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Baltimore’s Wild Side: Exploring Nature in the City

Gleaming skyscrapers, rushing traffic, bustling streets, and… nature? Of course! From the city’s famed parks to its world-famous aquarium, Baltimore has lots of ways to experience nature without leaving the city’s boundaries.
 

  • A landmark of Baltimore’s Inner Harbor, the National Aquarium has been transporting visitors to the depths of the ocean for more than 30 years. Explore a coral reef and see its inhabitants at the aquarium’s Black Tip Reef exhibit, or get face-to-face with a sand tiger shark in Shark Alley. After plunging through the depths, go “down under” and explore the plants and animals of Australia in the Animal Planet Australia exhibit. To see what’s just outside the aquarium’s doors, visit the Maryland: Mountains to the Sea to discover the bullfrogs, diamondback terrapins, and striped bass that call the state’s rivers and marshes home.
  • Feed the giraffes, watch the elephants, and ride a camel at the Maryland Zoo in Baltimore. Maryland’s animals are highlighted in the Maryland Wilderness, which features the award-winning Children’s Zoo. Imagine traveling on safari at the African Journey exhibit and spotting the elephants, lions, and leopards. And don’t forget to chill out at the Polar Bear Watch.
  • Baltimore’s Druid Hil Park is one of the largest municipal parks in the country, boasting more than 700 acres. The Maryland Zoo in Baltimore located in the park, as is one of the oldest glass conservatories in the country. The Rawlings Conservatory and Botanic Gardens is a Baltimore gem. Built in 1888, the conservatory’s Palm House is home to a number of soaring palm tree species and tropical plants that stay a bit closer to the ground. The walls of the Orchid Room are literally covered in a rainbow of blooms. Visitors can wander through three greenhouses that contain plants from the Mediterranean, desert locales, and the tropics.
  • Located along the Jones Falls, the Cylburn Arboretum is a 207-acre park with themed gardens, forest areas, and more than three miles of wooded trails. A visitor center and nature museum help visitors plan their exploration of this beloved Baltimore natural resource.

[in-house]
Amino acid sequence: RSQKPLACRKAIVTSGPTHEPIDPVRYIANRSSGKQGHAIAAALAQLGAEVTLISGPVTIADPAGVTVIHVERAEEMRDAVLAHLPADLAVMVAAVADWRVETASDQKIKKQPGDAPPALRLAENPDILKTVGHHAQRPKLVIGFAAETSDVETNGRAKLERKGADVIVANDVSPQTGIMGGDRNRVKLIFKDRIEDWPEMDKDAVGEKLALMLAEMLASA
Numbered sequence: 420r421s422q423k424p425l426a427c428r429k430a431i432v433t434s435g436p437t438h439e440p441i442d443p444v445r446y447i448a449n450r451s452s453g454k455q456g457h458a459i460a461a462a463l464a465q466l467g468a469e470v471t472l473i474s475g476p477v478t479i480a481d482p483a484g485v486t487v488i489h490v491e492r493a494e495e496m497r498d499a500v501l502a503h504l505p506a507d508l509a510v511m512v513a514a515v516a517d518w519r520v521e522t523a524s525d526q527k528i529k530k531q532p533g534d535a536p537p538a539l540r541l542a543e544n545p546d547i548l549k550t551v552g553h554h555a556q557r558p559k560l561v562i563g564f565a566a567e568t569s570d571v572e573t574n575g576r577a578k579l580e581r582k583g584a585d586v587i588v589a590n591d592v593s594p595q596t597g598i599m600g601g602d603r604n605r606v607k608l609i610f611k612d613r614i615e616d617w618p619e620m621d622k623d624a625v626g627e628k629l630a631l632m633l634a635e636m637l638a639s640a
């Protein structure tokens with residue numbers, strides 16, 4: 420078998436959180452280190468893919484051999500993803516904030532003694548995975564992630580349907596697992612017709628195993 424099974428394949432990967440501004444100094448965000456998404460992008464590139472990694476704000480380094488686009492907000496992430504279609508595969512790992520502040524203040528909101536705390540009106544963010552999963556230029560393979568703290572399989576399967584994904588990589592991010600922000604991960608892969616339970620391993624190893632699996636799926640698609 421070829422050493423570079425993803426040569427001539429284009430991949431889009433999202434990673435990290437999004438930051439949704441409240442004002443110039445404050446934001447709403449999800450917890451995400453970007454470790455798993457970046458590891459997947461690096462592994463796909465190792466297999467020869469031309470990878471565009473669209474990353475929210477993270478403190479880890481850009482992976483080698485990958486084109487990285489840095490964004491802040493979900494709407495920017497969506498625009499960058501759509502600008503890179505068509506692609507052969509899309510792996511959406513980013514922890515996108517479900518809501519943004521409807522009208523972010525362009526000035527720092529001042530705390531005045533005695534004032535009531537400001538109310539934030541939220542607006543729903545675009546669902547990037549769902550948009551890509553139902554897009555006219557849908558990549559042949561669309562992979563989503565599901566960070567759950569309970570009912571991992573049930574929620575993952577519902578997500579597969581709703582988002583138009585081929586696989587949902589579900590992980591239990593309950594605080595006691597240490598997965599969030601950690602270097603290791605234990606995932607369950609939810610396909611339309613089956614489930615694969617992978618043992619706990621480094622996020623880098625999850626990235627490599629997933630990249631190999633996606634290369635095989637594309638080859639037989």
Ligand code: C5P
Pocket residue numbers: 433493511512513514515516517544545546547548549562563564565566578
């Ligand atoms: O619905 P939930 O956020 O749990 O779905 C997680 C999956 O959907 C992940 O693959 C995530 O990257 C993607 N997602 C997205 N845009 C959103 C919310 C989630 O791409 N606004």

• The Gwynns Falls Trail is a 15-mile urban hiking and biking trail along a scenic and historic greenway stream valley in the heart of Baltimore City. The trail connects over 30 neighborhoods and winds through three city parks: Leakin Park, Gwynns Falls Park, and Carroll Park. In addition to hiking and biking, visitors and residents can fish in the stream and watch for birds and other wildlife.  
  • Just a few minutes from the hustle and bustle of downtown are several city parks. Take in the view from Federal Hill Park, a literal highpoint at the Inner Harbor. Riverside Park boasts walking paths, a public pool, several athletic fields, and a playground. Patterson Park, northeast of Fell’s Point, has two playgrounds, a public pool, and an Audubon Center with public programs.
  • The Maryland Science Center at Baltimore’s Inner Harbor offers lots of exhibits on the natural world. The Follow the Blue Crab exhibit takes a look at one of the Chesapeake most famous (and delicious) residents, as well as neighbors such as diamondback terrapins and native fish. The Wildlife Rescue exhibit explores the health of habitats and the ecosystems of the planet and the people helping to bring endangered species back from the brink.  
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